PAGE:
I was outraged but not surprised to hear of your plight, Anna. We went from thinking that Lunenburg County was a refuge from the horrors we experienced in Annapolis Royal to realising that it would just be a fire to frying pan situation. If this letter helps in some small way, I’ll be pleased. I had looked forward to one day saying to visitors to my little Riverport shop, “Be sure to visit the Hat Lady of Lunenburg.” 

Instead, we’ll be leaving another empty home in Nova Scotia to once again start its inevitable decay, as prices keep dropping and we still can’t sell. Perhaps when we hand the key over to the real estate agent, he won’t mind painting a rosy picture, but I find it hard to recommend the property to a potential entrepreneur after what we went through, although its location makes that the only viable sort of buyer we could hope to find. It’s not appealing to retirees, this rather large house in a not so very quiet neighbourhood (no matter what that long ago building inspector proclaimed). Families?  The town took what was left of our front yard for a sidewalk in 2010, and parents understandably don’t want their children running directly into the street. So we’ll keep dropping the price and hoping for a miracle.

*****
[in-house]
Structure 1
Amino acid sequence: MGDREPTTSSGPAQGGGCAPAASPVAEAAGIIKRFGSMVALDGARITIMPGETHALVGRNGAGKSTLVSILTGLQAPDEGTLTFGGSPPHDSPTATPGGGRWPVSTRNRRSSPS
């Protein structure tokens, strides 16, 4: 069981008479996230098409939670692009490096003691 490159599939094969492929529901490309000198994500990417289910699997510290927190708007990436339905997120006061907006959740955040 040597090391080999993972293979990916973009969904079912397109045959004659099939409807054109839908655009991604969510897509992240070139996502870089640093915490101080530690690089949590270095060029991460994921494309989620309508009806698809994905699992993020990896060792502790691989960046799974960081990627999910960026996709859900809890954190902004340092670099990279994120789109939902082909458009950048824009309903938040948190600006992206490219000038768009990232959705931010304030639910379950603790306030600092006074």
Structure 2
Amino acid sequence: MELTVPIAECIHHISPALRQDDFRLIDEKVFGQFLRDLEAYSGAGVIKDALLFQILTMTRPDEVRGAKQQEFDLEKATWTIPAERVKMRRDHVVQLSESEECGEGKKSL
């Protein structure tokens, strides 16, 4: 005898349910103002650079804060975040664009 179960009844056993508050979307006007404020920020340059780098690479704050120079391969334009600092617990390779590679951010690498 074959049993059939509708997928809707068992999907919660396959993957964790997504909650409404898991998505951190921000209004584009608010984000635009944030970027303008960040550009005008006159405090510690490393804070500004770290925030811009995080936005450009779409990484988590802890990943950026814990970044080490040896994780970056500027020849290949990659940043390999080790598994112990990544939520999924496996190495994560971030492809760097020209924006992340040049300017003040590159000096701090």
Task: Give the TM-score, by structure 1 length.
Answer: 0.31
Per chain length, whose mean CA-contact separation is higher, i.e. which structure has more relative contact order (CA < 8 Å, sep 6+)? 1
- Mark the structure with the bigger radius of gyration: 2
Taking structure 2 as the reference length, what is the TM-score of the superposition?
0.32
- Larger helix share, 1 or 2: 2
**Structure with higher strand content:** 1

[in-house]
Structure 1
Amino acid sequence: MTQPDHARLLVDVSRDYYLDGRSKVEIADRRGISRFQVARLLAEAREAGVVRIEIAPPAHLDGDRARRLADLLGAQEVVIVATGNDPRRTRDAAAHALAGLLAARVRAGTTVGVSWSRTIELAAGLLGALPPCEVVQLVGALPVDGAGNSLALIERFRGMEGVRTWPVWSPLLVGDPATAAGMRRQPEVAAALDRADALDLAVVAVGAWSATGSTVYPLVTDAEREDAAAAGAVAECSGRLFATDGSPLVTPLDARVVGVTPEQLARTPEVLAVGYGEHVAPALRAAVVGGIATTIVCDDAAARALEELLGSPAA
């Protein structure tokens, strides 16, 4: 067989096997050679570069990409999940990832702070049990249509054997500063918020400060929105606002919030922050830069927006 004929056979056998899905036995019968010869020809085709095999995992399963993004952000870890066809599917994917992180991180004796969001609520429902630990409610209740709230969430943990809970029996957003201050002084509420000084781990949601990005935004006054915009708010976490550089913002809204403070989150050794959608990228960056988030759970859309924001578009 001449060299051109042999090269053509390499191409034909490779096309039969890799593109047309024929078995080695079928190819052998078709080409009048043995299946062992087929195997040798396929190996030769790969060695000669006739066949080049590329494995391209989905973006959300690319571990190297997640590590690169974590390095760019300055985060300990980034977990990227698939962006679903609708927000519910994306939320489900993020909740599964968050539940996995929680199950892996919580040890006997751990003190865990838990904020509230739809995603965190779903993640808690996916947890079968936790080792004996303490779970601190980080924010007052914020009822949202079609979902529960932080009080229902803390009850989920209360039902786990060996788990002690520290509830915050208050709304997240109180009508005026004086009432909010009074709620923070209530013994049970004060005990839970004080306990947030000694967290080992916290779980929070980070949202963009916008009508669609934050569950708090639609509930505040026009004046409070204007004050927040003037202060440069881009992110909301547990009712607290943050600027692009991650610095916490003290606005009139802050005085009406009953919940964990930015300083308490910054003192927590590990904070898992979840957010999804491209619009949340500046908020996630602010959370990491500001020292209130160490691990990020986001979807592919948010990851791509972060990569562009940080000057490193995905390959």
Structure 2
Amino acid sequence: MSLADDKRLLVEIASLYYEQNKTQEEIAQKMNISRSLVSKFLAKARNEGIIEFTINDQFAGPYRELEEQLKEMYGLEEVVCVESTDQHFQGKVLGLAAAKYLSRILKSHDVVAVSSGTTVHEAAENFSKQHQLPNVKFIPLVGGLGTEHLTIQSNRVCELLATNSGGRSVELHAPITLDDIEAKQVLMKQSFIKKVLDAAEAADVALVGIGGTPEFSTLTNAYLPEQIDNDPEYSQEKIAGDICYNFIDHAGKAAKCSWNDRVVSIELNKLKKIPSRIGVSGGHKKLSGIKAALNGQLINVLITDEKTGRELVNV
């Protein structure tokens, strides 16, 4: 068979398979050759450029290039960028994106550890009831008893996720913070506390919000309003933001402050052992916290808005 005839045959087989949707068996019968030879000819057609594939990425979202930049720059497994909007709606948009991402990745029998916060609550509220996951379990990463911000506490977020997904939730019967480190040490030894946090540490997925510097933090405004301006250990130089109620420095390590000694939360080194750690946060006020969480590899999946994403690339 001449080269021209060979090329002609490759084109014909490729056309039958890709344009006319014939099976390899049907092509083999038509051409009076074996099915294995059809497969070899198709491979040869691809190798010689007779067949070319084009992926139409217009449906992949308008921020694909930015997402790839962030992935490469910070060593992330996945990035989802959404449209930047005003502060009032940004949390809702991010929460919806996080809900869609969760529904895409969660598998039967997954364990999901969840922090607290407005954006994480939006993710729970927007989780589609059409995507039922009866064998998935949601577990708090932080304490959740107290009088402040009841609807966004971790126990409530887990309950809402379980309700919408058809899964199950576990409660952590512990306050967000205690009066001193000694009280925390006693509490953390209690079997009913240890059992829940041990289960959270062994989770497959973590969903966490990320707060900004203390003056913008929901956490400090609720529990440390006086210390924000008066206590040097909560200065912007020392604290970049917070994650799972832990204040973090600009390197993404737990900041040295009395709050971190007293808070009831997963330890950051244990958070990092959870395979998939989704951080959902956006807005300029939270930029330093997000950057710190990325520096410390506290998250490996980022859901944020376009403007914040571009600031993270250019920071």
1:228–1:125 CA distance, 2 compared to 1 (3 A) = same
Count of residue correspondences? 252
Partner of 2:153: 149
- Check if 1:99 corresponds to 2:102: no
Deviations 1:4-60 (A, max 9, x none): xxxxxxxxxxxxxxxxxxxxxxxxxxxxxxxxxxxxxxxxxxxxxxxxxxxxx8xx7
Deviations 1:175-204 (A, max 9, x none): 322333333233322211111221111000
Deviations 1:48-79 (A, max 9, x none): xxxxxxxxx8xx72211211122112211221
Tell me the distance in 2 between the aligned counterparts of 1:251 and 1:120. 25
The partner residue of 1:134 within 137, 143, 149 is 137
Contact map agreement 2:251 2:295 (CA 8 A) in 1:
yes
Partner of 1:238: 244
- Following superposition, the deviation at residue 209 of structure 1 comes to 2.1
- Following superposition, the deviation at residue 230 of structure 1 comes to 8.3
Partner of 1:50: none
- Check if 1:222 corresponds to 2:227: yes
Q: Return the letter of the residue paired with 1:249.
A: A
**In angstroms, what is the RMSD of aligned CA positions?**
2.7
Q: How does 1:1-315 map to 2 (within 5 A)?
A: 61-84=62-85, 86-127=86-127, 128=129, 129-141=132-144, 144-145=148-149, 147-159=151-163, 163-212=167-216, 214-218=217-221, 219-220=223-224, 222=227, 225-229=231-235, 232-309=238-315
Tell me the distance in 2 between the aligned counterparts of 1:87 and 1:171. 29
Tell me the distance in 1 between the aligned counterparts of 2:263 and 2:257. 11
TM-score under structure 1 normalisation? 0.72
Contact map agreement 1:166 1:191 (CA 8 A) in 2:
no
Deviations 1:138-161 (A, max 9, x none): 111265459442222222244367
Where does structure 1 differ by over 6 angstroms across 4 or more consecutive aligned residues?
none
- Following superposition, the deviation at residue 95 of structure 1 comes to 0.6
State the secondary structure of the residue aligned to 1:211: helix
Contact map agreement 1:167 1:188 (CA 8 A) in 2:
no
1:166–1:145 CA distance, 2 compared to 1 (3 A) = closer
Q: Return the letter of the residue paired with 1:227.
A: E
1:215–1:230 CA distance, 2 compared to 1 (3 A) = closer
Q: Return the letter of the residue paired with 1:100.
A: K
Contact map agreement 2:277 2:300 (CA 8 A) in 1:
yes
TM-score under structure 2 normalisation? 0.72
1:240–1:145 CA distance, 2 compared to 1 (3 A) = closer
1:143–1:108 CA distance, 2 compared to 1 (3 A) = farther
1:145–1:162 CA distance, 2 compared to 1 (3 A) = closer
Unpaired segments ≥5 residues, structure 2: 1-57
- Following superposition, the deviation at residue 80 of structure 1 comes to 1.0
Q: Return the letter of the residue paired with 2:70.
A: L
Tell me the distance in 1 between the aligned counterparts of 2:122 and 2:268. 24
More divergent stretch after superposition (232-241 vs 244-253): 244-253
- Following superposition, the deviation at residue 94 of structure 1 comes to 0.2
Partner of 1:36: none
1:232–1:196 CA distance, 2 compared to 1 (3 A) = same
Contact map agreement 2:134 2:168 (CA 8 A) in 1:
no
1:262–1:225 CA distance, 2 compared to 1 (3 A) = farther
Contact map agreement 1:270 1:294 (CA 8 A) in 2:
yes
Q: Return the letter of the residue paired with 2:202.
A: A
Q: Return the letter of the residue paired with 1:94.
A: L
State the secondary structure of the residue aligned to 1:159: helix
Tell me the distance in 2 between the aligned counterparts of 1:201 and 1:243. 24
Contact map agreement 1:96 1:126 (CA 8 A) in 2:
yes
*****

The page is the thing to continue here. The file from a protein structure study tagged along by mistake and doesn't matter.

And Nova Scotia? Perhaps someday we’ll return, as we’re still smitten with your original charm. But to those running this province, you’d better pull up your socks. If you want to attract creative people with a bit of money and a lot of enthusiasm and energy, then you’d better do some serious housekeeping. If you want people to come here and help revive a dying province, you’d better pay attention. Don’t take their money and then give them the cold shoulder. Ask the newcomers who come here with their dream, “What can we do to help?”

I wish you all the success in your fight, Anna. I’ll be thinking of you and hoping that your enormous efforts pay off. I know how much this is going to, has already taken out of you, and small business owners throughout the province should be singing your praises. I know I am. And so I’ll end this rambling rant with the words of that beloved and time honoured folk song:

”Farewell to Nova Scotia.”

Most sincerely,

Krista Jane May

Harris House Antique Lighting